extortion

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Extortion refers to imposing an action or obtaining something by force or coercion

The crime of extortion does exclude legitimate negotiation methods: one example could be a party negotiating a deal with a contractor; neither party could make a threat towards one another in exchange for something in the contract. A legitimate negotiation tactic might also include “puffing” (which is making something look reasonably better than it might otherwise be).

Under the color of office, a public or private authority may abuse their authority to commit extortion.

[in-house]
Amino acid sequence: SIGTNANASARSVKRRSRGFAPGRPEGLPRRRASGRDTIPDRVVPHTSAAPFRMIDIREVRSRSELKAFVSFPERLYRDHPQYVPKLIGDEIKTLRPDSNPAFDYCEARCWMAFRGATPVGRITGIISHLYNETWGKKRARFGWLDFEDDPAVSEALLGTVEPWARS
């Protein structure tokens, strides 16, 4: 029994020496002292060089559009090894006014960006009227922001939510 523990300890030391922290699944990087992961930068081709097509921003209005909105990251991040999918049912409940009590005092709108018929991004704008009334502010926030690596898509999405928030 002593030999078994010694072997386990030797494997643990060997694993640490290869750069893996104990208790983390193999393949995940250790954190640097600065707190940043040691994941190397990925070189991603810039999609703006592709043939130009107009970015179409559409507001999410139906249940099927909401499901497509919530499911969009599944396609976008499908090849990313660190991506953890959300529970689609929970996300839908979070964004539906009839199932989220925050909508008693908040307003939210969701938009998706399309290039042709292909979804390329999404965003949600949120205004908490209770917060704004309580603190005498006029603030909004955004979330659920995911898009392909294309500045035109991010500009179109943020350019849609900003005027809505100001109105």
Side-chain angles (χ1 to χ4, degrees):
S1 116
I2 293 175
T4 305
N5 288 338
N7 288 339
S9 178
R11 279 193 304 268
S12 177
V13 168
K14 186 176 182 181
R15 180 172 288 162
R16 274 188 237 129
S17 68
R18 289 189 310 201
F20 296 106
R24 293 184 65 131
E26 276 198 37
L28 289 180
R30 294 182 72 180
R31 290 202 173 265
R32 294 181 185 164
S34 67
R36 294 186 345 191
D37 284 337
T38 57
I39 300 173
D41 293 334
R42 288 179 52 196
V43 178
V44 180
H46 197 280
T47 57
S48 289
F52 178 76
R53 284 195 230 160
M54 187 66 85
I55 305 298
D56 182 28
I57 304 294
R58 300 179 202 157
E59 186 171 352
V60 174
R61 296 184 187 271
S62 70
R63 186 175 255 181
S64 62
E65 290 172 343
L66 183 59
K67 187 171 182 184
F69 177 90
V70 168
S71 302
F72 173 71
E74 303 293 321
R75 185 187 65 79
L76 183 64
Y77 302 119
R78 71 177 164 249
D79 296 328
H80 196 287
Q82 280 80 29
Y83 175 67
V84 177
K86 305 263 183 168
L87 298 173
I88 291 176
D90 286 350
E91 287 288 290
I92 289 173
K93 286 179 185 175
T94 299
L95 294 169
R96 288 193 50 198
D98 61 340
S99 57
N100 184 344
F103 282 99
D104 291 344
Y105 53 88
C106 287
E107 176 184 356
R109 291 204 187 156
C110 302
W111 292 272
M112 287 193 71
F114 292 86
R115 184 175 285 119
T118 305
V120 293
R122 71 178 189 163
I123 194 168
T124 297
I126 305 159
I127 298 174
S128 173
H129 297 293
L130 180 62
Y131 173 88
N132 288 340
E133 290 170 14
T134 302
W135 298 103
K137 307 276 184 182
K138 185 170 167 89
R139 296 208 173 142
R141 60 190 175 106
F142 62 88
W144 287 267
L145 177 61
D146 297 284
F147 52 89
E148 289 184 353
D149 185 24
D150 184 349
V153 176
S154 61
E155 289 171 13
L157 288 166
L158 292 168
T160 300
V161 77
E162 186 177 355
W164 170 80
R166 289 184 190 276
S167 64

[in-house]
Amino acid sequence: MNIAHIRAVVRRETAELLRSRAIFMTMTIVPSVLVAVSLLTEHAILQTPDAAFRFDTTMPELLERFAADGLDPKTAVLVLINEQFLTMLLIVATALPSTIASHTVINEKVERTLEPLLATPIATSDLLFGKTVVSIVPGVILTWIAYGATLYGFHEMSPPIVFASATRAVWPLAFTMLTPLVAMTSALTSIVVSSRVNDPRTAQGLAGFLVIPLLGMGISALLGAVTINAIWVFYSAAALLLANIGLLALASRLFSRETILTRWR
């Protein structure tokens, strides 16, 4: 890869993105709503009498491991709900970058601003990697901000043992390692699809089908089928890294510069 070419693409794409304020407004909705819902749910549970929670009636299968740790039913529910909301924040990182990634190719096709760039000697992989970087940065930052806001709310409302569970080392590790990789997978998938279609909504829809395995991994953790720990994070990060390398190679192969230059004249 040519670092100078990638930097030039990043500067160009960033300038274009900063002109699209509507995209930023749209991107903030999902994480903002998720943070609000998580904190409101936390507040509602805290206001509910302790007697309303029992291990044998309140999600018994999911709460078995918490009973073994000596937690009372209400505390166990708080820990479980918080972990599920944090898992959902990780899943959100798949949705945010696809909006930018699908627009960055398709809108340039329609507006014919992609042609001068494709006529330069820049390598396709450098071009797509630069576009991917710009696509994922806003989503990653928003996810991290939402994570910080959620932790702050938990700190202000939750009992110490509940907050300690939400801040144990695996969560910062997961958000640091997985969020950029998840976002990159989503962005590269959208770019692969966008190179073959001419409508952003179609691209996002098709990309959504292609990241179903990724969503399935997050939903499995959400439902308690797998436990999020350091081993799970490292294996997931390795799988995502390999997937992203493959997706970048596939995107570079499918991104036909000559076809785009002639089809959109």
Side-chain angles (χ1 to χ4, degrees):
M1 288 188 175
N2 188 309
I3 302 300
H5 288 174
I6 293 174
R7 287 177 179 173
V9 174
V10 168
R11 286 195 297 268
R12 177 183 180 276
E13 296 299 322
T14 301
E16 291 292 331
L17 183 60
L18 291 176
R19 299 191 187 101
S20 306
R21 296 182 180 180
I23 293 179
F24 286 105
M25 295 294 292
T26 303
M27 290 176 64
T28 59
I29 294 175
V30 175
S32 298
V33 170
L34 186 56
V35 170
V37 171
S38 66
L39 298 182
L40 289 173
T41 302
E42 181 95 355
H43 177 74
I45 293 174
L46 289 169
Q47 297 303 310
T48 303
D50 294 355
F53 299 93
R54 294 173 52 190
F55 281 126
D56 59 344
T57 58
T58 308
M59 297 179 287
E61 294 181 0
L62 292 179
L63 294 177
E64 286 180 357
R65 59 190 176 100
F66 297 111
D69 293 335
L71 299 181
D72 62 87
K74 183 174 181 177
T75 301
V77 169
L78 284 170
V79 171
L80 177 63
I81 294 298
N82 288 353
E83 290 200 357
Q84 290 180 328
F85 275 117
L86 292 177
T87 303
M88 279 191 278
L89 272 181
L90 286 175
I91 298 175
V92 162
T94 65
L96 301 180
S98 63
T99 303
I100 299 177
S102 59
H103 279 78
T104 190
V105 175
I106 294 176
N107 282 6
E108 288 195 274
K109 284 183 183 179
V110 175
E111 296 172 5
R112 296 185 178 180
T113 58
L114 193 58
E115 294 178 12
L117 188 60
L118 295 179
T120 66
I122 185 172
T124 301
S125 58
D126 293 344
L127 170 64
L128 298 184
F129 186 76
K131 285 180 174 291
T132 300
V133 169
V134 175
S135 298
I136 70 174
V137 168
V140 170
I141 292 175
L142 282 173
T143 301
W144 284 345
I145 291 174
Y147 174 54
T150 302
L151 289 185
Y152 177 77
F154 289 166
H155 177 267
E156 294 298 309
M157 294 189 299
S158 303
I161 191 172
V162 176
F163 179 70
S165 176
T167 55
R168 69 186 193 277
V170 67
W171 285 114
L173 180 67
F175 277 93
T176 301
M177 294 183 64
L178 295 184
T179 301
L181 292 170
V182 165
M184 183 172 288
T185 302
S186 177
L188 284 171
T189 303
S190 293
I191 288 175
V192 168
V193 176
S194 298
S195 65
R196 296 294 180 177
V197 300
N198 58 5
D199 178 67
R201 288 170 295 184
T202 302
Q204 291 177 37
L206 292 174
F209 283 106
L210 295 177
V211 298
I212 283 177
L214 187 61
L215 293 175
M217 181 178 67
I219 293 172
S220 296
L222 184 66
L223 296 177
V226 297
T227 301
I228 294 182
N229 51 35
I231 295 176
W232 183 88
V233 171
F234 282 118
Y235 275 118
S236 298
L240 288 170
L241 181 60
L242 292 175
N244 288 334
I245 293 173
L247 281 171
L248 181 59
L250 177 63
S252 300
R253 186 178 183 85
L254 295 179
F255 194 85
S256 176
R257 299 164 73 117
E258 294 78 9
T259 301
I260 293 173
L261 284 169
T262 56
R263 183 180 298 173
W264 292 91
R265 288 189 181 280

California describes extortion under Section 518 of its penal code as to: 

  • Threaten or use force against someone or claim official right to make someone do something when one does not have the right to do it (making the victim act “under color of official right” 
  • Intend to make the victim give you something valuable or perform an official act for you
  • Make the victim consent to giving you something valuable or performing an official act; AND,
  • Actually make the victim give you something valuable or perform an official act.

See e.g., Evans v. U.S (1992); and U.S v. Gotti (2006).

See also: 18 U.S. Code Chapter 41 - Extortion and Threats

[Last updated in December of 2022 by the Wex Definitions Team]